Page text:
Resumes come in two main flavors: chronological and functional. Numerous variations and hybrid versions combine the two, but these two basic formats, once mastered, will provide the guidelines for any resume. These two forms vary mostly in the way that they lay out and prioritize work history information. Click on other articles available at this site to learn the differences in chronological and functional resumes later, here's a quickrundown on the elements that all resume writers must consider.
This is the first thing anyone reads about you. Make sure you put exactly what you want to be called or you'll run the risk of co-workers calling you what your grandmother calls you.
For some positions, diminutive forms of names (Bill for William, Cindy for Cynthia, etc.) can be good ways to look pleasant and informal. In fact, the more unique the name, the more likely an employer is to remember it. And for really silly names, employers might even pull an applicant in for the interview just to see what a Peter Hickey, Ingrid Monster, and Douglas Fir look like. These are real people who have hunted for jobs, just like you. Do you think they had a hard time getting their names remembered?
For both men and women, listing just first and second initials can be a good way of withholding information while creating an bit of a debonair, mysterious aura (A.J. Benza, P.D. James, H.G. Wells). This tactic works for persons whose ethnic names could have negative impact on their resume because of discrimination or pronunciation difficulties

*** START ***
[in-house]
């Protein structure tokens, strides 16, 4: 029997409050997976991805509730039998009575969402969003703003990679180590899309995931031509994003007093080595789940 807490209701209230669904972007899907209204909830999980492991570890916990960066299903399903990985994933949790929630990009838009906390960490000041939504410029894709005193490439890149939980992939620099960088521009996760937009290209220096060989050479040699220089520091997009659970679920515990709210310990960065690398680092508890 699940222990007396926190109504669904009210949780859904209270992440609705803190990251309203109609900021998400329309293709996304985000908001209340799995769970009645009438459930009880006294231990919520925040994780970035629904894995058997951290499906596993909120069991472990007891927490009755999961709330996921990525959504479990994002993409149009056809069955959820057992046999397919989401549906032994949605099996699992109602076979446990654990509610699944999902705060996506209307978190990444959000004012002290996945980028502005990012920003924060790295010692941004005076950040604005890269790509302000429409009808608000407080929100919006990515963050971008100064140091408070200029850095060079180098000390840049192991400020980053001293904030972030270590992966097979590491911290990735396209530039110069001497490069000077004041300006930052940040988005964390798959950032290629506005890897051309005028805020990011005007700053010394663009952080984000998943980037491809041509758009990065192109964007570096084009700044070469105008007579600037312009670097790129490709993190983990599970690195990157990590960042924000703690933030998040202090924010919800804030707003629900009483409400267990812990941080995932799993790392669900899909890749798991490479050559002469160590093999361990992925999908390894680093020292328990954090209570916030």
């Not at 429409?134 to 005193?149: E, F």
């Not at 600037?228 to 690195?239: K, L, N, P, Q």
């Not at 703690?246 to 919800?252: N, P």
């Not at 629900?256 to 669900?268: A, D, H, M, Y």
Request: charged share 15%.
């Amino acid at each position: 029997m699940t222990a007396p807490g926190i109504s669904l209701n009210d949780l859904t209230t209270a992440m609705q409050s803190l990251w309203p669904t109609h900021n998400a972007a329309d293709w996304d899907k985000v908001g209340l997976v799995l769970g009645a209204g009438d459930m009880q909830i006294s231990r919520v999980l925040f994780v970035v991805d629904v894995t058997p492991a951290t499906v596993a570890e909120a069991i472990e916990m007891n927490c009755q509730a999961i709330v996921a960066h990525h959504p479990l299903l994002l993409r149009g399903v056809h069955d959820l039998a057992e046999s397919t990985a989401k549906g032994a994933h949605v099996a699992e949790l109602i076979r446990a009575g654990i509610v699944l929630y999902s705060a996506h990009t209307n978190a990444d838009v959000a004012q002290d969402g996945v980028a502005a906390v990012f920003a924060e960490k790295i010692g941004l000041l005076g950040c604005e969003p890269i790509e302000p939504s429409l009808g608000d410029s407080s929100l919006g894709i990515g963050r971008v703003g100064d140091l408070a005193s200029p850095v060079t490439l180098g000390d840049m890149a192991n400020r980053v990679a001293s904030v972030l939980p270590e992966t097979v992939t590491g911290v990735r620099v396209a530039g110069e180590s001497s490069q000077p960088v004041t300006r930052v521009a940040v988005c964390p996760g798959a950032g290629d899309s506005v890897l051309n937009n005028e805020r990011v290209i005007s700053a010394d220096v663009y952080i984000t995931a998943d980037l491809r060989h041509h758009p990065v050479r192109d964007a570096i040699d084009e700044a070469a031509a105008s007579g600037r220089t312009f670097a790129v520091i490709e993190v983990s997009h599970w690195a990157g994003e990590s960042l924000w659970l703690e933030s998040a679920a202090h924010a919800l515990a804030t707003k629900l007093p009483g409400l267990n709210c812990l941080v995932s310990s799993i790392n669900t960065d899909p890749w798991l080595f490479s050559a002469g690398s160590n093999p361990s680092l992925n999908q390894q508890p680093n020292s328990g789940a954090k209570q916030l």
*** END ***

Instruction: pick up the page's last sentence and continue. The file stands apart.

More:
Likewise, if you think your ethnic or gender identity will open up doors for you, use a version of your name that will show that off.
Bold or capitalize your name, using letters two to six points larger than the rest of the text. Place your name on the first line of your page. The traditional place to put the name is at the center of the page, but many now prefer to right justify their names so when the resume lands in a folder, it has a better chance of being noticed.
Make sure the address you're giving is reliable. If you're still at school,and your address is still in a state of flux, put a permanent address in case somebody pulls your resume from a file a few months after you send it in. Avoid post office boxes (unless you're in school) because they make people suspect that you're hiding something.
The best way to show your prospective employer that you're comfortable withdigital life is to state your e-mail address directly below your physical address. But if you use your online account for more than just work, beware. If you're one of AOL's millions of users, for instance, make sure your member profile doesn't contain anything incriminating, embarrassing or inappropriate, or that your screen name isn't something along the lines of email@example.com. Similarly, with newsgroups so easily searched by engines like DejaNews, make sure you haven't posted anything recently your grandmother would be ashamed of. And be sure you check your e-mail on a regular basis.
A phone number is a must. If your number's also likely to change soon, list the number of a stable friend or family member willing to function as your answering service. There are also reputable answering services available, if you have no friends or family in the area.
If you're job hunting and you don't have an answering machine, get one. Somevoice mail systems, sold by local phone companies, will not only take calls faithfully but can also take messages while you're on the phone with someone else. That way you'll be prepared to handle the rush.
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